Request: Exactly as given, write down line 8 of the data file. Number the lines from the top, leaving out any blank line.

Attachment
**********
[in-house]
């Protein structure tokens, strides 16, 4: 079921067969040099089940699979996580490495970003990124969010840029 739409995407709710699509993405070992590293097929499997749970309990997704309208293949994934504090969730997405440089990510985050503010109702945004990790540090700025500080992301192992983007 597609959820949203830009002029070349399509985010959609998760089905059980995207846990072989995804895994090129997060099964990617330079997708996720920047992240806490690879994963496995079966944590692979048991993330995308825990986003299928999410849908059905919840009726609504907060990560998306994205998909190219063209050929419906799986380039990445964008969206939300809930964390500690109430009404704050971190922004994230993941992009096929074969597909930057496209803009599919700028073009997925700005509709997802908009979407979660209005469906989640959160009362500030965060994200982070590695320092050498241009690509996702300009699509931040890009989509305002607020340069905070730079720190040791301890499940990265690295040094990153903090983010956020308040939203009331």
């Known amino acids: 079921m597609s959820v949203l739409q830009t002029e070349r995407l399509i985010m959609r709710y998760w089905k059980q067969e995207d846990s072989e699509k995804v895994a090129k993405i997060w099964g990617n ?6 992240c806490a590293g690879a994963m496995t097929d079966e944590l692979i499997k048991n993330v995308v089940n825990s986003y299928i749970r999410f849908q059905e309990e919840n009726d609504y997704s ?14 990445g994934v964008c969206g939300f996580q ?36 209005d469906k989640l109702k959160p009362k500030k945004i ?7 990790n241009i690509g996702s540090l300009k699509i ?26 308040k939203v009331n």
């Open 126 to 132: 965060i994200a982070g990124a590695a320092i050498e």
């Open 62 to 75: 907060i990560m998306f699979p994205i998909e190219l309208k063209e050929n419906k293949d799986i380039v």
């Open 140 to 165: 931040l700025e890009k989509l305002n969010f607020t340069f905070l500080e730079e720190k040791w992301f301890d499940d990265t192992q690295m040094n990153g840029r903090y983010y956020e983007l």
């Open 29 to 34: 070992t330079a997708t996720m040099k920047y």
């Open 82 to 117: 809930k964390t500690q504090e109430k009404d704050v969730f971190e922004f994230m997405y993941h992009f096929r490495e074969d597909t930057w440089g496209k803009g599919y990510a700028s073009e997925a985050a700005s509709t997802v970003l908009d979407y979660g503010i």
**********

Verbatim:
């Open 82 to 117: 809930k964390t500690q504090e109430k009404d704050v969730f971190e922004f994230m997405y993941h992009f096929r490495e074969d597909t930057w440089g496209k803009g599919y990510a700028s073009e997925a985050a700005s509709t997802v970003l908009d979407y979660g503010i």